Monday, February 6, 2023

Scheitan - Nemesis (1999)

The biggest shocker is that Scheitan, based on the dominant style of Nemesis, seemed to have been signed to Century Media based on the 'black & roll' style they showcased on the first half of their sophomore album Berzerk 2000. You'd think the talent scout would have been a lot more interested in the black metal of the debut, but here we are on a much larger label, with a lot more exposure, playing the accessible rock music but with the same snarling vocals. Fortunately, Nemesis is a bit better developed and more committed to this style than its predecessor. The production is a slight step up and for the most part, the arrangements of the rock riffs are better, the bass playing is more noticeable, and his vocals just work better with the material than they did the last time out.

This is basically a mid-point between such 'black & roll' and just standard, simplistic Gothic metal with snarls instead of deep, manly vocals. They still implement a lot of guest female vocals, probably even more than before, but they still sound awkward and lacking confidence to add an effective dimension of the ethereal or melodic to the tracks. Also, the band gets a little too cocky with dumb ideas like repeating "Emergency" over and over at the end of that track, a dick move that doesn't benefit in any way. A number of the tunes here sound a lot like Kreator's lamented Endorama, only the Germans could dial up their history and add a lot more gravitas to their compositions. There's also a vibe of some Sisters of Mercy, only with the rasping vocals slathered over the top and much heavier guitars punched in. The Cemetery side project Sundown is also a worthwhile comparison, only that project was vastly more catchy and utilized more of an industrial/electronic side.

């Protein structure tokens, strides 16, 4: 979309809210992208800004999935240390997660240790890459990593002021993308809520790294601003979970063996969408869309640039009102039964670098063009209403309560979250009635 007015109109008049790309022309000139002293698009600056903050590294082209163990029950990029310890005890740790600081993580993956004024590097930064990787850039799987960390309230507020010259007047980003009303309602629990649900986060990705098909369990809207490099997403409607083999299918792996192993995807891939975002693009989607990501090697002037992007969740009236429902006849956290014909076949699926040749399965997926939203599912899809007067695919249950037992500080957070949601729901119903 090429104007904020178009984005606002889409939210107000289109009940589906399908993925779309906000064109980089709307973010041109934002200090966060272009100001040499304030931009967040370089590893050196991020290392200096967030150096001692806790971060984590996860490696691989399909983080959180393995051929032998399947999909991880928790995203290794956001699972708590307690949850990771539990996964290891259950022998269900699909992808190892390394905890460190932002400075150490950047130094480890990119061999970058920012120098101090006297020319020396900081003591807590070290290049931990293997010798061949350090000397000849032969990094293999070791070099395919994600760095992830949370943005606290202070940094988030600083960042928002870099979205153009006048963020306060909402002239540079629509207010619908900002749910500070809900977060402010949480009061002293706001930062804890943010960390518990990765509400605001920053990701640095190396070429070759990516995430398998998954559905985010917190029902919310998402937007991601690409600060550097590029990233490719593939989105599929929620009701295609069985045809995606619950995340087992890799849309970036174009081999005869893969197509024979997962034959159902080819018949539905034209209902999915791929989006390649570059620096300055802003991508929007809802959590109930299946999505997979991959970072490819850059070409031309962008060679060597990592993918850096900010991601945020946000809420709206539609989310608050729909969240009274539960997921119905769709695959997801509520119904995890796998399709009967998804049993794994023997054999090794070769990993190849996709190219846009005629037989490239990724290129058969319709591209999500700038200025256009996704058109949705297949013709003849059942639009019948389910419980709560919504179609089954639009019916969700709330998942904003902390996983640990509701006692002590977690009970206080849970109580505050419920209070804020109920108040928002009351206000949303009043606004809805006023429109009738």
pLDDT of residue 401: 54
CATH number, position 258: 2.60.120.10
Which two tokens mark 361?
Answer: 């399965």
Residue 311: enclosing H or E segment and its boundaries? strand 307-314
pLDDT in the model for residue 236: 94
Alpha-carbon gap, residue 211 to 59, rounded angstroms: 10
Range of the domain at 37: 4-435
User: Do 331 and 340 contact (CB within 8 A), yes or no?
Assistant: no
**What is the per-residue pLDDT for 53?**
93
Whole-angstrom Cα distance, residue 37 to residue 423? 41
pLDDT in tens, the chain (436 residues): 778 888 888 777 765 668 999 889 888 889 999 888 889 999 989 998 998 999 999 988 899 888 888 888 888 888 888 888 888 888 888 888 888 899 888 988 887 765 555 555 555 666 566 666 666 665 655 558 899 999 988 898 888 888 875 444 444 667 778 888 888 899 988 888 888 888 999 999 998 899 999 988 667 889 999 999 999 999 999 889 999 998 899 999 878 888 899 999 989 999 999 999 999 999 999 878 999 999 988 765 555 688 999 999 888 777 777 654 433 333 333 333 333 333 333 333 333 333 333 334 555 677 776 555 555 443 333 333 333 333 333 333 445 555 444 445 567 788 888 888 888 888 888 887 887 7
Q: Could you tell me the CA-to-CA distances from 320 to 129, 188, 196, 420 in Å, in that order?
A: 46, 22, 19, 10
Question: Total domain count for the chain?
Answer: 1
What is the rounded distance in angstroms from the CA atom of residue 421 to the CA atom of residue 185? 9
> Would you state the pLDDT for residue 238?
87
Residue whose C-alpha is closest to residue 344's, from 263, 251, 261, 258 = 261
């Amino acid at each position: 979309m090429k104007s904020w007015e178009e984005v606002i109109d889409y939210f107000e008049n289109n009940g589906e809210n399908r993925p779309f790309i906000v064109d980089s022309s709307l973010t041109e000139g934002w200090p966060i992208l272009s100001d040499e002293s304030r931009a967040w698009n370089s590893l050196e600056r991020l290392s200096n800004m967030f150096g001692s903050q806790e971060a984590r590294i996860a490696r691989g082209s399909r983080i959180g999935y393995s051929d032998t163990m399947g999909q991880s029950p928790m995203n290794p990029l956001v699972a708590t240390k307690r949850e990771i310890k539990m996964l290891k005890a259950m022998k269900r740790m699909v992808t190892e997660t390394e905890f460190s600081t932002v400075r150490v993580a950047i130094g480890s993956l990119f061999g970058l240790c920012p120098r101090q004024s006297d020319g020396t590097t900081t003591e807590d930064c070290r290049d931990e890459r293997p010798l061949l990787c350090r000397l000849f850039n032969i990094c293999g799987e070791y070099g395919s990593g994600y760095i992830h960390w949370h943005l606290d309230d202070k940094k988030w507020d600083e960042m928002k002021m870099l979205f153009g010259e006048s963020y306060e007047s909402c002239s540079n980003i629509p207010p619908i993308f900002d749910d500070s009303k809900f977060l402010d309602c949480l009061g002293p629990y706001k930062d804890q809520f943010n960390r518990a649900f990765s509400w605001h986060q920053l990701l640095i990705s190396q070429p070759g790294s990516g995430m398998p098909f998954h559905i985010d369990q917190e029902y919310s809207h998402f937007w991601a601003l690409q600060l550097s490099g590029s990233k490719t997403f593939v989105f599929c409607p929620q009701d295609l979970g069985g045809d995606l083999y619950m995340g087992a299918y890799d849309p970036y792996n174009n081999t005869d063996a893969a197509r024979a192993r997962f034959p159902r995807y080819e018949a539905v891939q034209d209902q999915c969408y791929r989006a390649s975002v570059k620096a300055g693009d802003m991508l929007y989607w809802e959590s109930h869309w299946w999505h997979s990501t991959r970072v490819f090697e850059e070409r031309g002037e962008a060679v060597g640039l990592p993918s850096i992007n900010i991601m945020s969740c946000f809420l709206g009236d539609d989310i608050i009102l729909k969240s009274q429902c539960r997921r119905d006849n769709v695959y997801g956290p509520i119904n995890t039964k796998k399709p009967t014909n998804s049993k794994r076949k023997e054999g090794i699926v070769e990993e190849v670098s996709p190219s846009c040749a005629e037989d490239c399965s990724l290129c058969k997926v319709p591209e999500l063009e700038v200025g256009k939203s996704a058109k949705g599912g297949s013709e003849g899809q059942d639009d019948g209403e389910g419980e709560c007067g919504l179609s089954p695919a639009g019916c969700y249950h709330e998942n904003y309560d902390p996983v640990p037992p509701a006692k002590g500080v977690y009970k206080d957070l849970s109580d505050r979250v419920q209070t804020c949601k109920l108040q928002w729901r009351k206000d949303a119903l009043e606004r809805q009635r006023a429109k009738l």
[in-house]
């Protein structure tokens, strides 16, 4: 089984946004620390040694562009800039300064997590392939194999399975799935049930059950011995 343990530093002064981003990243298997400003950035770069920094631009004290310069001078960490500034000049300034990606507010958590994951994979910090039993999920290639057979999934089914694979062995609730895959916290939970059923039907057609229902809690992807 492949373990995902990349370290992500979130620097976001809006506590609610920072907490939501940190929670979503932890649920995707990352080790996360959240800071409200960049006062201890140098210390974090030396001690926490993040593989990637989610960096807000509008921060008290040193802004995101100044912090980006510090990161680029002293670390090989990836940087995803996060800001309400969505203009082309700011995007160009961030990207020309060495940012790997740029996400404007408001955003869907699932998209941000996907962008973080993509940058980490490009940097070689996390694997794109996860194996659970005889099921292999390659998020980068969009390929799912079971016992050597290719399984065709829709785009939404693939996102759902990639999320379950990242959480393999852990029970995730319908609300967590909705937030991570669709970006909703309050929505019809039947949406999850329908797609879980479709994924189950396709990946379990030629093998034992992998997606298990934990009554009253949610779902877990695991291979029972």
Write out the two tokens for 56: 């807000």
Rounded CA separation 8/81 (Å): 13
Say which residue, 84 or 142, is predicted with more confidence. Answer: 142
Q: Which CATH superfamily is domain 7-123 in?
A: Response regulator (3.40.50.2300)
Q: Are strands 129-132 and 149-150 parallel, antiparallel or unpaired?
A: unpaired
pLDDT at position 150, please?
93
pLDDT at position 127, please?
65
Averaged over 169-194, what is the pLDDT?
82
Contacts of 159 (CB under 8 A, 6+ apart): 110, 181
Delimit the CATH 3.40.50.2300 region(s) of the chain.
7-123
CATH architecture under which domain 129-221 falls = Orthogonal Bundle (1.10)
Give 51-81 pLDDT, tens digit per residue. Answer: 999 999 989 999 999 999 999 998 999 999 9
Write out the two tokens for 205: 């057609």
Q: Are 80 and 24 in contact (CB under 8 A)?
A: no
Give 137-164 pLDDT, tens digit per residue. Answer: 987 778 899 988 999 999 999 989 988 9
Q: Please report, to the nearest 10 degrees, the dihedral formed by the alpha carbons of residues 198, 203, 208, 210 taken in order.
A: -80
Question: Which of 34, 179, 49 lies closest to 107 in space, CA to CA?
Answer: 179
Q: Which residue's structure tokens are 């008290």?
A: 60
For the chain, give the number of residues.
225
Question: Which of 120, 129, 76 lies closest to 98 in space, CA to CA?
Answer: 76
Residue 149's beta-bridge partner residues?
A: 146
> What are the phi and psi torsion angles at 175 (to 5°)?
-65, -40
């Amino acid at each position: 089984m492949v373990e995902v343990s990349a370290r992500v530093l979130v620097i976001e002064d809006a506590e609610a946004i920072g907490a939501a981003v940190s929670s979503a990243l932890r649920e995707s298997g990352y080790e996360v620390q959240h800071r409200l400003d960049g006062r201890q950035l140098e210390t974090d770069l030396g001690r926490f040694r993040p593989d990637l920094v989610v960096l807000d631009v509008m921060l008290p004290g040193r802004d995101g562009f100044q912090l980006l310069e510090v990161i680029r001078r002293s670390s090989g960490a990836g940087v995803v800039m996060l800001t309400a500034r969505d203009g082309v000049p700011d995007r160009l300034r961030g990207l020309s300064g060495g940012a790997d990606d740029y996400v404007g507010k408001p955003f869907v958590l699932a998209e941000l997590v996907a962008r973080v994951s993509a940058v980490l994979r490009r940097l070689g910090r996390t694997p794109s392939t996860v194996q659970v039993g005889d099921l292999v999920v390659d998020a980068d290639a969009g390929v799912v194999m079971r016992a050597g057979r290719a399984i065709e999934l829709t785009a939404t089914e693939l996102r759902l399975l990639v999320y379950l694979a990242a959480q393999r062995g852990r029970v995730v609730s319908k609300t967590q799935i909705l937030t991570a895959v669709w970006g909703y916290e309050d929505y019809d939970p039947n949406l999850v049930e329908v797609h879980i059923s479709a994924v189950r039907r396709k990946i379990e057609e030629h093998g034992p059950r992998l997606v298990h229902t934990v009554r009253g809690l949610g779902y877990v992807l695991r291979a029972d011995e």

If you condensed this down to 3-4 of the better tunes, it would be passable for the style, since I do dig the production and it's just catchy enough to warrant a few spins. Unfortunately, on the whole this album is just not much better than its least it's not split between the rock style and the lesser produced black metal which was a pretty big mistake on Berzerk 2000, but despite its slick sound and accessible energy, they just aren't churning out the memorable chorus parts and melodies that would be needed for this to put them on the same level as a number of other European Goth metal acts. So when it comes to my personal interest, Scheitan is a one-and-done, Travelling in Ancient Lands is the go-to and the rest are just shy of a disaster.

Verdict: Indifference [5.5/10]

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